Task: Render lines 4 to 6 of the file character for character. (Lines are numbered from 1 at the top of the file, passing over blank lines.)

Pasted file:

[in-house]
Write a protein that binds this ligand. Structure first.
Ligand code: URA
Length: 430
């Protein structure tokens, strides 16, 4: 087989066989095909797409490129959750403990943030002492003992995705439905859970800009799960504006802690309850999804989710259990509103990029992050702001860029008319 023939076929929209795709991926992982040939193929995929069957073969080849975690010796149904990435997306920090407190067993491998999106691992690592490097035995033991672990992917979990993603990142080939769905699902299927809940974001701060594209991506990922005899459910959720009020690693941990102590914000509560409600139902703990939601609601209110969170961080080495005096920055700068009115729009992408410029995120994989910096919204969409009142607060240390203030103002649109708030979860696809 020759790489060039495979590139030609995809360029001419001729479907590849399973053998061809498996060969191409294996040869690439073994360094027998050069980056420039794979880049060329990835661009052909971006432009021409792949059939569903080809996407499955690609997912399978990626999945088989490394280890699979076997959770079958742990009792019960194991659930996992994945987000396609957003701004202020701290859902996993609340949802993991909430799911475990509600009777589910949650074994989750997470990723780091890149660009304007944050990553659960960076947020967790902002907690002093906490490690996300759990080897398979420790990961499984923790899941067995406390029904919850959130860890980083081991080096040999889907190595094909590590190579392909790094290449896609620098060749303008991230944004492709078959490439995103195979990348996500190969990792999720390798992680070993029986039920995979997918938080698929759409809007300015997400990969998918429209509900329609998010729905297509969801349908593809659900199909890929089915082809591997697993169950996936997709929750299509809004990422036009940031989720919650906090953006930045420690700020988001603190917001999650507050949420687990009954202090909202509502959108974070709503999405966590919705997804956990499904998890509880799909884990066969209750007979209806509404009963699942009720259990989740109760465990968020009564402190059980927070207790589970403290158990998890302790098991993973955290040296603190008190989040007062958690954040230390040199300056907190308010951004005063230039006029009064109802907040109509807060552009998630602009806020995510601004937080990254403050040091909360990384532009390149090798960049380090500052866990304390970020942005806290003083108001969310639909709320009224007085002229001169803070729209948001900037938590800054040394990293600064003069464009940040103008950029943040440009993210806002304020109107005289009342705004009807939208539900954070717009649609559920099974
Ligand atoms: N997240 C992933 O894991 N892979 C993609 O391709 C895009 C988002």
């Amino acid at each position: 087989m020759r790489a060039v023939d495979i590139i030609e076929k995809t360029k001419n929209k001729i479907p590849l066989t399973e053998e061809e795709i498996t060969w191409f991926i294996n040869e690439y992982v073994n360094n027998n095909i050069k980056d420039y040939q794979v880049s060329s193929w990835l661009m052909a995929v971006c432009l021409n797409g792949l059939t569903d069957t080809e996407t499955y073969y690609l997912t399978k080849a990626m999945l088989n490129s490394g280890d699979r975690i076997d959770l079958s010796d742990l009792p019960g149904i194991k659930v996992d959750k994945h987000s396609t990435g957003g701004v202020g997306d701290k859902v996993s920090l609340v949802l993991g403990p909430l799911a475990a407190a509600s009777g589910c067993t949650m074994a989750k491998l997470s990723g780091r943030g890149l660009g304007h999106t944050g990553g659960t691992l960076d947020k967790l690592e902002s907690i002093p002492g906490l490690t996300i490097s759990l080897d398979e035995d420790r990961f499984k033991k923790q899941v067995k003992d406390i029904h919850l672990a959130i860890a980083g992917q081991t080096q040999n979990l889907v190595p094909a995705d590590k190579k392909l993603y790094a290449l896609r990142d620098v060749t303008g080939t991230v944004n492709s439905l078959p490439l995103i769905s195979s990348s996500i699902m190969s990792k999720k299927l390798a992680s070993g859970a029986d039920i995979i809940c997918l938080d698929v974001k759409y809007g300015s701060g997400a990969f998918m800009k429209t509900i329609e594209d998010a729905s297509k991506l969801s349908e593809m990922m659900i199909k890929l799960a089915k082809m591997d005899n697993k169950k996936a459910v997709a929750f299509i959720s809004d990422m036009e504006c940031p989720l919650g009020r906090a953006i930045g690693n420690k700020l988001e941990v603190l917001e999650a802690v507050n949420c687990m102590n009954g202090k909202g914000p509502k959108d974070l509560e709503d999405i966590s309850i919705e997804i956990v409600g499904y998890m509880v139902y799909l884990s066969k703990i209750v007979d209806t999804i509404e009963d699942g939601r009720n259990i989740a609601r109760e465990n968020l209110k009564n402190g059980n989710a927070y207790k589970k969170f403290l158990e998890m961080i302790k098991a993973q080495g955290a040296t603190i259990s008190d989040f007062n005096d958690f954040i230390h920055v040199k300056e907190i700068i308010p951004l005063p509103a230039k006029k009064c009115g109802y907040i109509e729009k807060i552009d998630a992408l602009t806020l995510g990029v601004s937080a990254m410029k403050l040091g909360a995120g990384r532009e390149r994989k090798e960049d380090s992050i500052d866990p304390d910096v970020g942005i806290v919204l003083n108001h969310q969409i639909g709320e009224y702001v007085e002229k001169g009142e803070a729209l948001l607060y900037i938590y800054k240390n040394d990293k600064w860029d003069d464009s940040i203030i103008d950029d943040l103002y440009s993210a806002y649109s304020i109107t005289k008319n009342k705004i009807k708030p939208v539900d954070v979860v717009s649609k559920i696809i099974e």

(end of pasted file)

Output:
Length: 430
């Protein structure tokens, strides 16, 4: 087989066989095909797409490129959750403990943030002492003992995705439905859970800009799960504006802690309850999804989710259990509103990029992050702001860029008319 023939076929929209795709991926992982040939193929995929069957073969080849975690010796149904990435997306920090407190067993491998999106691992690592490097035995033991672990992917979990993603990142080939769905699902299927809940974001701060594209991506990922005899459910959720009020690693941990102590914000509560409600139902703990939601609601209110969170961080080495005096920055700068009115729009992408410029995120994989910096919204969409009142607060240390203030103002649109708030979860696809 020759790489060039495979590139030609995809360029001419001729479907590849399973053998061809498996060969191409294996040869690439073994360094027998050069980056420039794979880049060329990835661009052909971006432009021409792949059939569903080809996407499955690609997912399978990626999945088989490394280890699979076997959770079958742990009792019960194991659930996992994945987000396609957003701004202020701290859902996993609340949802993991909430799911475990509600009777589910949650074994989750997470990723780091890149660009304007944050990553659960960076947020967790902002907690002093906490490690996300759990080897398979420790990961499984923790899941067995406390029904919850959130860890980083081991080096040999889907190595094909590590190579392909790094290449896609620098060749303008991230944004492709078959490439995103195979990348996500190969990792999720390798992680070993029986039920995979997918938080698929759409809007300015997400990969998918429209509900329609998010729905297509969801349908593809659900199909890929089915082809591997697993169950996936997709929750299509809004990422036009940031989720919650906090953006930045420690700020988001603190917001999650507050949420687990009954202090909202509502959108974070709503999405966590919705997804956990499904998890509880799909884990066969209750007979209806509404009963699942009720259990989740109760465990968020009564402190059980927070207790589970403290158990998890302790098991993973955290040296603190008190989040007062958690954040230390040199300056907190308010951004005063230039006029009064109802907040109509807060552009998630602009806020995510601004937080990254403050040091909360990384532009390149090798960049380090500052866990304390970020942005806290003083108001969310639909709320009224007085002229001169803070729209948001900037938590800054040394990293600064003069464009940040103008950029943040440009993210806002304020109107005289009342705004009807939208539900954070717009649609559920099974
Ligand atoms: N997240 C992933 O894991 N892979 C993609 O391709 C895009 C988002």